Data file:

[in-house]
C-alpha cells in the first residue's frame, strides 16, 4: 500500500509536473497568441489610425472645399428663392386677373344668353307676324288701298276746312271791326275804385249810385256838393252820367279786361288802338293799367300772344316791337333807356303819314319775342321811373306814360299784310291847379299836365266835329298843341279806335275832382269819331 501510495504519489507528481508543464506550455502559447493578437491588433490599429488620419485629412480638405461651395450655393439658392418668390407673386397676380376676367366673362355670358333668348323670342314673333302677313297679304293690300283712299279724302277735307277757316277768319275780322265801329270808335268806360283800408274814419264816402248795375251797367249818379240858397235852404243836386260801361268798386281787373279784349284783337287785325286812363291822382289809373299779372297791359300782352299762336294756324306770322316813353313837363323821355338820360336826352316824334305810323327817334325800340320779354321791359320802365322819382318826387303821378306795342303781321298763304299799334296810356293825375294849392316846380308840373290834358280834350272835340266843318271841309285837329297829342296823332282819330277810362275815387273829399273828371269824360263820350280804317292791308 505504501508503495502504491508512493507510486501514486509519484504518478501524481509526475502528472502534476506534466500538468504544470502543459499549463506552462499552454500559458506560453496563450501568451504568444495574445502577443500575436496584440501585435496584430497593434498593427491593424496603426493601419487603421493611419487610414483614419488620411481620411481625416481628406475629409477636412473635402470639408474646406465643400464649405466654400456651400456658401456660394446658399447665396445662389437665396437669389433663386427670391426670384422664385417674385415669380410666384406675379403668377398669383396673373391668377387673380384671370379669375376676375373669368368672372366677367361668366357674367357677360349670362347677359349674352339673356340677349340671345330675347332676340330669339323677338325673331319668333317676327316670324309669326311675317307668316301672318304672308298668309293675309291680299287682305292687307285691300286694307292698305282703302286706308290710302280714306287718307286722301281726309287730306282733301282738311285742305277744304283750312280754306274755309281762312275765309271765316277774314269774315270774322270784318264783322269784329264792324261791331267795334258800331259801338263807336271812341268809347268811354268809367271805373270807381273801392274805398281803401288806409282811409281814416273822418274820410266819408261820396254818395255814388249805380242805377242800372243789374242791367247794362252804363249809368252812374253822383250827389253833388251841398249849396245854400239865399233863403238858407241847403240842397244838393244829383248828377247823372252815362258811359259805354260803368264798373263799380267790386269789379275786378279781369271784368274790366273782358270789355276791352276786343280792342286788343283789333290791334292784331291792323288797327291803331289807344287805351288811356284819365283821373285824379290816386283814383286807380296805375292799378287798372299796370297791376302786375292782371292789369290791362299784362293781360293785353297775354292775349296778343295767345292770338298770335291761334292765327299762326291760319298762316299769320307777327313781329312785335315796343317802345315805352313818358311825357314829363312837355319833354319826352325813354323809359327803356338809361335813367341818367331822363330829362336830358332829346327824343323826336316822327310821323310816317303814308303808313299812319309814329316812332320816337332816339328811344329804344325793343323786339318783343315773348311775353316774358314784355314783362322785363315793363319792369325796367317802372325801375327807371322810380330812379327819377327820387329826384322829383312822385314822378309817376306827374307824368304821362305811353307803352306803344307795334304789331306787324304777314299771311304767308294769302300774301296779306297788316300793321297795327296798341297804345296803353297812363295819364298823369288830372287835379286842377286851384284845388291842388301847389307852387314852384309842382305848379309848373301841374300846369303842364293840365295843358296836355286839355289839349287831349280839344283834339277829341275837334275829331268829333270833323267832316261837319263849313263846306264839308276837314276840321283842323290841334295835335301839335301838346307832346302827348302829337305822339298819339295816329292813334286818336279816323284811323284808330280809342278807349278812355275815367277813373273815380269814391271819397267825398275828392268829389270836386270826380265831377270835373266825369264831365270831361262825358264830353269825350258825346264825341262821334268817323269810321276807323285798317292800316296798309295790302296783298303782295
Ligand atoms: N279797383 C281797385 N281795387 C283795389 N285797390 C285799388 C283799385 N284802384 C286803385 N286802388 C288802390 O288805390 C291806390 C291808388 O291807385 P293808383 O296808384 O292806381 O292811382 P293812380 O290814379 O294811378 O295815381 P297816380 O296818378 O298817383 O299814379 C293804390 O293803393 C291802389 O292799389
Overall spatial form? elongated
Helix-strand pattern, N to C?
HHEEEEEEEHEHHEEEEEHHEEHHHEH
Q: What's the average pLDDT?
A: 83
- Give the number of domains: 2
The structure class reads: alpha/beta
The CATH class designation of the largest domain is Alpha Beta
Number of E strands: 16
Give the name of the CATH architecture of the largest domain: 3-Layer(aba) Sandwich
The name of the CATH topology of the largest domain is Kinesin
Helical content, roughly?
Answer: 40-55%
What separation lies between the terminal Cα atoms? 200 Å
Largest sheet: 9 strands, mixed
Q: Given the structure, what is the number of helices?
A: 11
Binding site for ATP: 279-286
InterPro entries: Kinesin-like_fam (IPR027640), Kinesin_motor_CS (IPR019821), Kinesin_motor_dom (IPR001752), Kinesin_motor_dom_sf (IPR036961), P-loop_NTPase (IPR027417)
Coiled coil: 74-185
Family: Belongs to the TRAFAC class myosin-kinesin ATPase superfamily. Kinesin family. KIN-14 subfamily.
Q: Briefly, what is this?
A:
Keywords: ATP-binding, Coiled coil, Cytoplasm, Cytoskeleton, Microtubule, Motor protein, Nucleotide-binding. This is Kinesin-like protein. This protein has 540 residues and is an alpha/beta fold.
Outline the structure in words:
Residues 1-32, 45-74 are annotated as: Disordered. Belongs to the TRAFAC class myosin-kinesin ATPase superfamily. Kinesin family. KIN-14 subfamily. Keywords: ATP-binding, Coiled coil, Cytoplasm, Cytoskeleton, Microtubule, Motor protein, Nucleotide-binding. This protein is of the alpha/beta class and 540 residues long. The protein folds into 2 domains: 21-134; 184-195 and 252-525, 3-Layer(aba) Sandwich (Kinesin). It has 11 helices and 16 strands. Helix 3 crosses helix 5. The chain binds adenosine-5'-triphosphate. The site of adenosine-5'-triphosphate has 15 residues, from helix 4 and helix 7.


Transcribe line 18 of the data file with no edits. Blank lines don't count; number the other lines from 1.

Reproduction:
Largest sheet: 9 strands, mixed